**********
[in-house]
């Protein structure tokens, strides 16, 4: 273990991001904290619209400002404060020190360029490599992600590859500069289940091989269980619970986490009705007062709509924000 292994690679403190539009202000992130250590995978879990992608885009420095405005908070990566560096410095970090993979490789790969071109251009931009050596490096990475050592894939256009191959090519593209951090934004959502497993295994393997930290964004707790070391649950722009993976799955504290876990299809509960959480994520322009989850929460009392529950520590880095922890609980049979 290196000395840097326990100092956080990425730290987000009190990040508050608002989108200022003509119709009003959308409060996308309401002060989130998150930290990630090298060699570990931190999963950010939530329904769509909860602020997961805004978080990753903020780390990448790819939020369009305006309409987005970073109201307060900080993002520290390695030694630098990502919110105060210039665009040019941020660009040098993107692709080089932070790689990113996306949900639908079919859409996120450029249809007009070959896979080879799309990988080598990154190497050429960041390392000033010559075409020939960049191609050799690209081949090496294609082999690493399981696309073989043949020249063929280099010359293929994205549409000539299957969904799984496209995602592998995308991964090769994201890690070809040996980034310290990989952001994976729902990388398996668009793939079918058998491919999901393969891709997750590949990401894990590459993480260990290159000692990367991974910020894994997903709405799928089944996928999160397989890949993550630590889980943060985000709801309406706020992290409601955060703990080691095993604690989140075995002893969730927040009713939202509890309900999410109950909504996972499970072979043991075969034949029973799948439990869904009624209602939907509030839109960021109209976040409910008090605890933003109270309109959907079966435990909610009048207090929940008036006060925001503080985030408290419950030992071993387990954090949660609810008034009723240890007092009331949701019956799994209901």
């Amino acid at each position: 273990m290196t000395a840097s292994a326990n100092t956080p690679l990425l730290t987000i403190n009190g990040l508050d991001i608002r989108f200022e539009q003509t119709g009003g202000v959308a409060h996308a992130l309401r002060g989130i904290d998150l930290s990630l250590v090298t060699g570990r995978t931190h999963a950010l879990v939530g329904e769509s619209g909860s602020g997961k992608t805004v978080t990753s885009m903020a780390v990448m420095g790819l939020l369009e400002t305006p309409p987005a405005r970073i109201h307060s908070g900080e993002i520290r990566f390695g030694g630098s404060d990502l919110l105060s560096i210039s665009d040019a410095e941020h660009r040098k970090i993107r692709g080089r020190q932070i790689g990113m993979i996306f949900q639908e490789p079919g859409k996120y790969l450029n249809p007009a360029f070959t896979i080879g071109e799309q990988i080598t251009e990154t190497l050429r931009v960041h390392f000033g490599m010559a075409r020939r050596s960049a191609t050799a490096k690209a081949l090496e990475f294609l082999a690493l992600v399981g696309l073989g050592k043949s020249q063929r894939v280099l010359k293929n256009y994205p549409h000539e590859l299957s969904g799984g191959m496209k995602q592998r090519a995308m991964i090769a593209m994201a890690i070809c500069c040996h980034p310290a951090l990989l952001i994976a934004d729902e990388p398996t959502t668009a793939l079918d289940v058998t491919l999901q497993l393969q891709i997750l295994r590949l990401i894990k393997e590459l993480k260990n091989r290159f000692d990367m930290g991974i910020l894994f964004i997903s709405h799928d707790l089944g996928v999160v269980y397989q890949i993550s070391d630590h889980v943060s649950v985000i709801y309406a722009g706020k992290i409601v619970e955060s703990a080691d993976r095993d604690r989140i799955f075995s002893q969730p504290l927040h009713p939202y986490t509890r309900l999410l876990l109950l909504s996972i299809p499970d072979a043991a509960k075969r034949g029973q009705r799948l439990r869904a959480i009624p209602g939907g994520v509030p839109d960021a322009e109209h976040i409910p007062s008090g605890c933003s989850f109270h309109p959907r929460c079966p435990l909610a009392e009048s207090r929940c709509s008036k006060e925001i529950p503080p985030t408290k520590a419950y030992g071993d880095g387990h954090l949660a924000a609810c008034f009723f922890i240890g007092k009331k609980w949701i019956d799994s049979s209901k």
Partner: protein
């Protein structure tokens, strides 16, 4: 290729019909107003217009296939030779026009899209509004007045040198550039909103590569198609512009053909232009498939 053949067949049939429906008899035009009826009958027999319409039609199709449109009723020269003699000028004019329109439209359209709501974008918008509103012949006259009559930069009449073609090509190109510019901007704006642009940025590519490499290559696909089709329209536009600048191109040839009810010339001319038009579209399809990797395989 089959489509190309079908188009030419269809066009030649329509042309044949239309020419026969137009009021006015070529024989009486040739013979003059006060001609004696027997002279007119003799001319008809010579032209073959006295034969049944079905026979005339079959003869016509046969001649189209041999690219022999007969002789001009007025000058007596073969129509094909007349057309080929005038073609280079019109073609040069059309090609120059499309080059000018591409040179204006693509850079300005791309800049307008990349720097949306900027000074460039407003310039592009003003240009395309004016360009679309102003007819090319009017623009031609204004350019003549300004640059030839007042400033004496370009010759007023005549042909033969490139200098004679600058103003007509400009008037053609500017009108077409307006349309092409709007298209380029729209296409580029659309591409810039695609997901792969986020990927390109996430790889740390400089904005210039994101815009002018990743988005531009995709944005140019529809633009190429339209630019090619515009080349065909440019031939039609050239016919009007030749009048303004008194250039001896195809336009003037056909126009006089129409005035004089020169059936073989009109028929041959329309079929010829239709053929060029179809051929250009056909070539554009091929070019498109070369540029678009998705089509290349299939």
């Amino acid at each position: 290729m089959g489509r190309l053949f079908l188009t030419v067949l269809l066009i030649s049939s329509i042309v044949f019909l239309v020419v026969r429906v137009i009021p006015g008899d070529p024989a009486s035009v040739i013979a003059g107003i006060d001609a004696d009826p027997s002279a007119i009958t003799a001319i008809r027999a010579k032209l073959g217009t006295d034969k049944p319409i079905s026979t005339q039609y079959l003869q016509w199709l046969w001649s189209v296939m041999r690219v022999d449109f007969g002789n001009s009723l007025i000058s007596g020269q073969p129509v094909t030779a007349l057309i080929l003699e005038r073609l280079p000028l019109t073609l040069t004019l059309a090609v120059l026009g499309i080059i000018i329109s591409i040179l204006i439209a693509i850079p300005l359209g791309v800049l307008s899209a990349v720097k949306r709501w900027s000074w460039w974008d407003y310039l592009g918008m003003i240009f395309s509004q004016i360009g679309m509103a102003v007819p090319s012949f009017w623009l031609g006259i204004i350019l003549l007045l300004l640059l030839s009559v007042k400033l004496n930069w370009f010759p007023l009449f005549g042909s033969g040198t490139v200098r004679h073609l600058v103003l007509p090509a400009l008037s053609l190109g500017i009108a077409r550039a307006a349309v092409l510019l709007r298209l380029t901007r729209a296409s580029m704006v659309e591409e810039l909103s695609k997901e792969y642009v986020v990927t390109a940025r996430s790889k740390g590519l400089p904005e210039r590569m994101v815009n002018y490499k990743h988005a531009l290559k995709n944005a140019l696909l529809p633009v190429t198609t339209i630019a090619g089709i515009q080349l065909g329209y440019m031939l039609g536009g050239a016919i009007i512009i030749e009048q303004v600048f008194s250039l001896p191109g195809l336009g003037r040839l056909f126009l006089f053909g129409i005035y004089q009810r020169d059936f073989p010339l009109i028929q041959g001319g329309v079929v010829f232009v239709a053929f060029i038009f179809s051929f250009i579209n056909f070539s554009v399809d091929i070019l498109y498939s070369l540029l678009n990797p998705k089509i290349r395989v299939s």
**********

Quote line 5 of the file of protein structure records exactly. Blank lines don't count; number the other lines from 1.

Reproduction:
């Protein structure tokens, strides 16, 4: 290729019909107003217009296939030779026009899209509004007045040198550039909103590569198609512009053909232009498939 053949067949049939429906008899035009009826009958027999319409039609199709449109009723020269003699000028004019329109439209359209709501974008918008509103012949006259009559930069009449073609090509190109510019901007704006642009940025590519490499290559696909089709329209536009600048191109040839009810010339001319038009579209399809990797395989 089959489509190309079908188009030419269809066009030649329509042309044949239309020419026969137009009021006015070529024989009486040739013979003059006060001609004696027997002279007119003799001319008809010579032209073959006295034969049944079905026979005339079959003869016509046969001649189209041999690219022999007969002789001009007025000058007596073969129509094909007349057309080929005038073609280079019109073609040069059309090609120059499309080059000018591409040179204006693509850079300005791309800049307008990349720097949306900027000074460039407003310039592009003003240009395309004016360009679309102003007819090319009017623009031609204004350019003549300004640059030839007042400033004496370009010759007023005549042909033969490139200098004679600058103003007509400009008037053609500017009108077409307006349309092409709007298209380029729209296409580029659309591409810039695609997901792969986020990927390109996430790889740390400089904005210039994101815009002018990743988005531009995709944005140019529809633009190429339209630019090619515009080349065909440019031939039609050239016919009007030749009048303004008194250039001896195809336009003037056909126009006089129409005035004089020169059936073989009109028929041959329309079929010829239709053929060029179809051929250009056909070539554009091929070019498109070369540029678009998705089509290349299939």